If you’ve recently switched your dog’s food, they might not like the taste, smell, or texture.

Mixing the new food with the old one in gradually increasing proportions can help your dog adjust to the change.


Yes, it’s possible to love your dog too much, at least in terms of feeding!

Overfeeding can lead to obesity, but it can also cause your dog to refuse food or water due to discomfort or lack of hunger.

It’s crucial to follow appropriate feeding guidelines, taking into account factors like breed, size, age, and activity level.

Spoiled Food

Last but not least, spoiled or poor-quality food can be a reason for your dog’s loss of appetite.

Dogs have a much stronger sense of smell than humans, and they can often detect when food is off, even if it looks fine to you.

Always ensure the food you provide is fresh and stored properly to prevent spoilage.

Signs And Symptoms To Watch Out For

Observing your dog’s behavior and physical health is crucial to identify any changes that may signify a problem.

It’s not just about lack of appetite or thirst; sometimes, the signs are subtler.

Symptoms Of Dehydration

Dehydration is serious and can be life-threatening.

Look out for dry or sticky gums, sunken eyes, or lethargy.

Another test is to gently lift the skin on your dog’s back.

If it doesn’t quickly snap back, your dog may be dehydrated.

Indications Of Malnutrition

If your dog is consistently not eating, they may show signs of malnutrition.

These can include dull, brittle fur, weight loss, lethargy, and even changes in stool consistency.

As owners, we may not realize the serious effects of skipping even a few meals.

Changes In Behavior Or Mood

Changes in behavior or mood can be subtle.

Maybe your playful pup has lost their usual enthusiasm for fetch, or your once sociable dog now prefers to be alone.

These could be signs that they’re not feeling well, and a decreased appetite could be the cause.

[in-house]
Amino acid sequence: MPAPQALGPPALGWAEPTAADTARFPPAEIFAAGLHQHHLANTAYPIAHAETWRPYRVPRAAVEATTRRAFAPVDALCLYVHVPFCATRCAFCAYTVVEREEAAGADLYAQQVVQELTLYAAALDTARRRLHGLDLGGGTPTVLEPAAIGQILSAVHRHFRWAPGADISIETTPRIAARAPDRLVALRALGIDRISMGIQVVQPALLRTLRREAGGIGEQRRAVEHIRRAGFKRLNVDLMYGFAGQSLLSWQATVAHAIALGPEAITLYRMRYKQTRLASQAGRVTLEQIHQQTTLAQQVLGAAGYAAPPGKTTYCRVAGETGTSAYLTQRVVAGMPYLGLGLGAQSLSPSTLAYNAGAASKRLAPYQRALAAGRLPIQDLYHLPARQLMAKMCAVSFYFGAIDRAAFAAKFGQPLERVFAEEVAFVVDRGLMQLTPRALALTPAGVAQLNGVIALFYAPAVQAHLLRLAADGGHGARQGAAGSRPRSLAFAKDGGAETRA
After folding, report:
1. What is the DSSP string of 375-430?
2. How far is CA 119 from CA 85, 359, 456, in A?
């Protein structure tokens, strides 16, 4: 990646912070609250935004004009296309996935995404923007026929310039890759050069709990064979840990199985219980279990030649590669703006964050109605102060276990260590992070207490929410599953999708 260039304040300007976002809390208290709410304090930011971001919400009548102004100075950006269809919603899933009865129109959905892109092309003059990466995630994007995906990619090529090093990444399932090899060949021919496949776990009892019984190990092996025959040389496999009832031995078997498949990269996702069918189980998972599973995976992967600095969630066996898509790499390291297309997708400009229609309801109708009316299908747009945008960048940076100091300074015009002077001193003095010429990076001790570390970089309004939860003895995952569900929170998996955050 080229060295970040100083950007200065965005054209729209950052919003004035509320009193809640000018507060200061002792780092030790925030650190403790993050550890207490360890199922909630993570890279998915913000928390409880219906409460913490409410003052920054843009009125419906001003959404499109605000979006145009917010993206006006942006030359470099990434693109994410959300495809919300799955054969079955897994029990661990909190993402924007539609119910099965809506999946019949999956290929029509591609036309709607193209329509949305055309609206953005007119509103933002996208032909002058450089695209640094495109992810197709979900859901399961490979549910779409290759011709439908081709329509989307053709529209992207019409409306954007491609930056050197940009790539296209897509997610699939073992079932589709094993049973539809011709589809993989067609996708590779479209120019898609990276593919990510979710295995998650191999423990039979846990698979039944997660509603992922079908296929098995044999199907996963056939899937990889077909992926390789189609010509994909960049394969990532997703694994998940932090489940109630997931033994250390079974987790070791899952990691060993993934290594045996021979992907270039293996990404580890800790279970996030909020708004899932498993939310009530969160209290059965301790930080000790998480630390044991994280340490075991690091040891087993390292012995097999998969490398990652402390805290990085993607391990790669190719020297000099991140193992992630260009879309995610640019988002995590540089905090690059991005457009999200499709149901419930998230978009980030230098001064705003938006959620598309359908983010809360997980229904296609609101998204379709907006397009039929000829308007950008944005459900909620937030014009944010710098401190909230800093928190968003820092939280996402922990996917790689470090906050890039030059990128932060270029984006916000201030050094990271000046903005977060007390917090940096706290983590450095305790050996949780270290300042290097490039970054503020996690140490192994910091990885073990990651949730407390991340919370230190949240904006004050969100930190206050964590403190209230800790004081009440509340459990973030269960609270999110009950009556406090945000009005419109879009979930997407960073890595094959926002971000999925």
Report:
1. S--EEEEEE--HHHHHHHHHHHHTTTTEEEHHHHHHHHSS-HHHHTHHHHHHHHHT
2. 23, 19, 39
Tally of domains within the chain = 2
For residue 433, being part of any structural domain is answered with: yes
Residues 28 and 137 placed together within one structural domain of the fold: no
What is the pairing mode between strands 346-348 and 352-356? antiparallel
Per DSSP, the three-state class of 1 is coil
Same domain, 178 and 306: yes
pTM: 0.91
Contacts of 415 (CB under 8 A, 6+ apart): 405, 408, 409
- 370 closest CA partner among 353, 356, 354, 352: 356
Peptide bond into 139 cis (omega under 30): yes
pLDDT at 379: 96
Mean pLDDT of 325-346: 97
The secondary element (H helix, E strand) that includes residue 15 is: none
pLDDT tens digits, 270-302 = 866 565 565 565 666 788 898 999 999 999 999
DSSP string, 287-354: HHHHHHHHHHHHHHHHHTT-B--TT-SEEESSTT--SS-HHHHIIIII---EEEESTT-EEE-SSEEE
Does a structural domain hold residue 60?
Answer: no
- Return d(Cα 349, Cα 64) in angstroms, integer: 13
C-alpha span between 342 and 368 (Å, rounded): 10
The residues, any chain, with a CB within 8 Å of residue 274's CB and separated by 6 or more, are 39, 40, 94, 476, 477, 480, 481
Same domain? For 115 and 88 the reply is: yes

Physical Signs And Changes

Physical signs can include weight loss, dry or dull coat, lethargy, and changes in stool consistency.

Always be vigilant.

Regular grooming sessions can be a good opportunity to check for any physical changes in your pet.

What To Do When Your Dog Won’t Eat Or Drink

Sometimes, simple home remedies can help entice your dog to eat or drink.

However, if these don’t work, or if you’re concerned, always consult a veterinarian.

Change In Diet

A temporary change in diet could stimulate your dog’s appetite.

Some dogs may be enticed by wet food or homemade meals.

However, any diet change should be done gradually to prevent gastrointestinal upset.

Create A Quiet And Peaceful Environment

Stress can impact a dog’s desire to eat or drink.

Providing a quiet, peaceful environment during meal times may help.

Encouraging Hydration

If your dog isn’t drinking enough, try adding water to their food or providing flavored broths.

Some dogs may also prefer drinking from running water sources, such as a pet fountain.

When To Consult A Veterinarian

If your dog refuses to eat or drink for more than 24 hours, or if they show signs of illness or distress, it’s time to consult a vet.

It’s always better to be safe than sorry.

Prevention: Keeping Your Dog Healthy

Prevention is key.

Regular vet visits, a balanced diet and exercise regimen, and maintaining your dog’s mental health can go a long way in keeping them healthy.

Regular Vet Visits

Regular vet visits can help identify potential issues early.

Remember, your dog can’t tell you they’re feeling unwell, so routine check-ups are important.

Balanced Diet And Exercise

Providing a balanced diet suitable for your dog’s breed, age, and size, coupled with regular exercise, can help maintain optimal health and prevent obesity.

Mental Health And Stimulation

Mental stimulation is as important as physical health.

Regular playtimes, training sessions, and socialization can help keep your dog mentally stimulated and happy.

Understanding Your Dog’s Normal Behavior

Understanding your dog’s normal behavior and routine can help you spot when something’s off.

Each dog is unique, so it’s important to know what’s normal for your dog.

It’s disconcerting when our canine companions refuse to eat or drink.

However, with keen observation, prompt action, and the right information, we can help them navigate these challenging periods.

Remember, your vet is your best resource.

Regular check-ups and open communication with your vet can help ensure your dog’s continued health and happiness.

After all, a healthy dog is a happy dog.

Before You Go…

Now you know why your dog is not eating or drinking.

If you want to learn more, read the following article too!

Or watch this video:

Mena Emad, DVM
Mena has a Bachelor’s degree in veterinary medicine. His expertise, passion for animal welfare, extensive knowledge, and experience in the field of veterinary medicine make him an excellent resource for our readers.